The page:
This month the Parish of Buxted and Hadlow Down has received a National Lottery grant of £10,000 for a project ‘Remembering our Heroes’ within the parish but mainly in the Hadlow Down area. Awarded through the Heritage Lottery Fund’s First World War then and now programme, the project will focus on paying tribute to the men and women from our community who bravely served their country during WW1, and also to the many millions of others who were killed or dreadfully wounded. On the 100th anniversary of this great and terrible struggle, we reflect upon the sacrifice of 1 million Commonwealth service men and women who were killed during the First World War. The project will also commemorate the huge army of men and women on the home front who, often in dangerous and exhausting conditions, underpinned the war effort – keeping the wheels of industry turning and bringing home the harvests from rural areas like Hadlow Down. “Thank You” to the First World War generation.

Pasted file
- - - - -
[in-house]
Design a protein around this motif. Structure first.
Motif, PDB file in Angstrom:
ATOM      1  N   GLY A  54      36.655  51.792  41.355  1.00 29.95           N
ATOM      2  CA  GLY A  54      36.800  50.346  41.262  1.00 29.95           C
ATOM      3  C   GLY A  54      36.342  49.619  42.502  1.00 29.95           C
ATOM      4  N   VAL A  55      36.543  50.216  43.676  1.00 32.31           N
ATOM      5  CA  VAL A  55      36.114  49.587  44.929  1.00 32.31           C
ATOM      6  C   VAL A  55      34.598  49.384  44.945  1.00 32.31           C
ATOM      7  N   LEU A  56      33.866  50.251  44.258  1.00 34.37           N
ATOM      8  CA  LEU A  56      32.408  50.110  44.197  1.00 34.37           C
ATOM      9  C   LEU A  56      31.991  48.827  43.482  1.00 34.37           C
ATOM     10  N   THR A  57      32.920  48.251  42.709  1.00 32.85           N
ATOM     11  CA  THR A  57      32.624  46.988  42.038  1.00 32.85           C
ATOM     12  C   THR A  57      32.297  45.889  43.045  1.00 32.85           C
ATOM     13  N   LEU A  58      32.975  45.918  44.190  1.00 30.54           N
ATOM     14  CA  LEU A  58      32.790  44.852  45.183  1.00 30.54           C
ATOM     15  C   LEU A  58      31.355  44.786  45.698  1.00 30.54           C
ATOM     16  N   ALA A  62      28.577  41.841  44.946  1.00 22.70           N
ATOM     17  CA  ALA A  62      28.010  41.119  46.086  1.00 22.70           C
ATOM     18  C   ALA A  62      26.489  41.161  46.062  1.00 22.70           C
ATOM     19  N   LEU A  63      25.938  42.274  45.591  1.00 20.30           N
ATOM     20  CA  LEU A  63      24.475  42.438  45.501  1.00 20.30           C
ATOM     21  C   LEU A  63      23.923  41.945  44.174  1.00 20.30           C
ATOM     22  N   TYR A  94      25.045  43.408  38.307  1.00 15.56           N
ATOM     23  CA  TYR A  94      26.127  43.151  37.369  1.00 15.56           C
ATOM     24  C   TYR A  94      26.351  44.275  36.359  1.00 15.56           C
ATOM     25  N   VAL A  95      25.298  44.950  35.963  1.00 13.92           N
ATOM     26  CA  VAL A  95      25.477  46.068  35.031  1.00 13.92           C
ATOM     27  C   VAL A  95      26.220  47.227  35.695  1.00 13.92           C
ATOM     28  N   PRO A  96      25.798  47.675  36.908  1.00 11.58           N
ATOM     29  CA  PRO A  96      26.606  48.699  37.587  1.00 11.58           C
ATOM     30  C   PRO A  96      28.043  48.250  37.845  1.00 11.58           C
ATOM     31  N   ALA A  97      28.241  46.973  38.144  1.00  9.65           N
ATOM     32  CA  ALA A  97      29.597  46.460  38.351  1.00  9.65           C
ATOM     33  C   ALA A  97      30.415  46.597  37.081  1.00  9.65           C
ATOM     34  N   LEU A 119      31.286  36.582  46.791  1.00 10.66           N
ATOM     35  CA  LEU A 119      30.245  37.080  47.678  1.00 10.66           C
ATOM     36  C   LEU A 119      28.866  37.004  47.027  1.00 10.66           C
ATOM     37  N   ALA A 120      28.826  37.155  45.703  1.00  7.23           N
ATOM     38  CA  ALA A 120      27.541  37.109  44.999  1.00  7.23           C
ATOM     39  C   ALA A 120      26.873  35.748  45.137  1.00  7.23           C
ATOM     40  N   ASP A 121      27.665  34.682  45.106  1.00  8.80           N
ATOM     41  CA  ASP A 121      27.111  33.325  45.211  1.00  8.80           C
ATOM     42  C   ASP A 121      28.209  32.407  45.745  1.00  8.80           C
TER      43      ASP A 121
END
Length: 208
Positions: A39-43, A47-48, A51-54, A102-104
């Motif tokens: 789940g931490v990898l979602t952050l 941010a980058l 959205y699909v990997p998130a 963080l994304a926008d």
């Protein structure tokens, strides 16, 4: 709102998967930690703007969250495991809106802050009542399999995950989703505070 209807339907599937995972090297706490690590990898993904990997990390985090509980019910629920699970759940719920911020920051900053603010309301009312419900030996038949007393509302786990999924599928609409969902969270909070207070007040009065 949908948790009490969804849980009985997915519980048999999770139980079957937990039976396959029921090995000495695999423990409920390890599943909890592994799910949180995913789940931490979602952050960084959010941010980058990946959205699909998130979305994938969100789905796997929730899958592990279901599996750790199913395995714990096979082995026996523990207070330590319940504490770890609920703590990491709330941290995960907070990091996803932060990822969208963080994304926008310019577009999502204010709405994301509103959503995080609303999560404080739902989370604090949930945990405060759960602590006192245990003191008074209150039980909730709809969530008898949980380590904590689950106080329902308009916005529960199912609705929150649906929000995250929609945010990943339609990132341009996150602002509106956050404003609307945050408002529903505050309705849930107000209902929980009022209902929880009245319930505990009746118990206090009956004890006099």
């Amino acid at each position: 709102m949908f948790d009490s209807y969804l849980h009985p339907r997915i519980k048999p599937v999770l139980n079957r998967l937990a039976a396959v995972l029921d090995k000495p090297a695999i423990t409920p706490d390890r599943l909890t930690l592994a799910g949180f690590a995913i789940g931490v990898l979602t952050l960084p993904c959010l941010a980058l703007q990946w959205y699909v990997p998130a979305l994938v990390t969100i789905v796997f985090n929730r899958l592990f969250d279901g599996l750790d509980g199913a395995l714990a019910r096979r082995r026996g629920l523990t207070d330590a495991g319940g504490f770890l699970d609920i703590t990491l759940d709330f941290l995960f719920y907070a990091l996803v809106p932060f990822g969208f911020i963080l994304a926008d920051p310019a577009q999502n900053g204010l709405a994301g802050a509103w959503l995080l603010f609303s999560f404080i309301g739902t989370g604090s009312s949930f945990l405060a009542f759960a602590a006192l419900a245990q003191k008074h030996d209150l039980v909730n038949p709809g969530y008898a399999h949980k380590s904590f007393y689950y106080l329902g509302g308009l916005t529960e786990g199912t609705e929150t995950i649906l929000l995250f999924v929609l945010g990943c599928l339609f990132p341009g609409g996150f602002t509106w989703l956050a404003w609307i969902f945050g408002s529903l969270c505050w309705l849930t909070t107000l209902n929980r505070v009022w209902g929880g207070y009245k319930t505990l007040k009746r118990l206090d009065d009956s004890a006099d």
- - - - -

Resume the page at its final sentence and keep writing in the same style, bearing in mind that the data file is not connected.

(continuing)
Working with St Marks Primary School, volunteers and members of our community, we wish to engage with all ages and investigate why, and how, we remember World War One. The project will encourage the school, volunteers and community to think about the experiences of the men, women and children who lived through World War One. No soldier from the 1914 to 1918 war is now alive to tell his story, however we can still see some of the soldiers and still hear their voices on audio and video footage.
Our initial research shows that during World War 1 Hadlow Down had 46 men who served their country and are recorded on our War Memorial, and 6 WW1 graves-the village is aware of 5 men who died in battle and yet are not commemorated. We shall research further and acknowledge their sacrifice appropriately.
To mark the Centenary of the First World War, the project will enable local people in the parish of Buxted and Hadlow Down to come together to preserve the memories and heritage of the people who lived through the First World War. Volunteers and the children in the school, supported by educational workshops and by local historians, will collect photographs, newspaper clippings, documents, letters and photos of keepsakes, as well as family tales passed down to help them build a clear picture of what life was really like.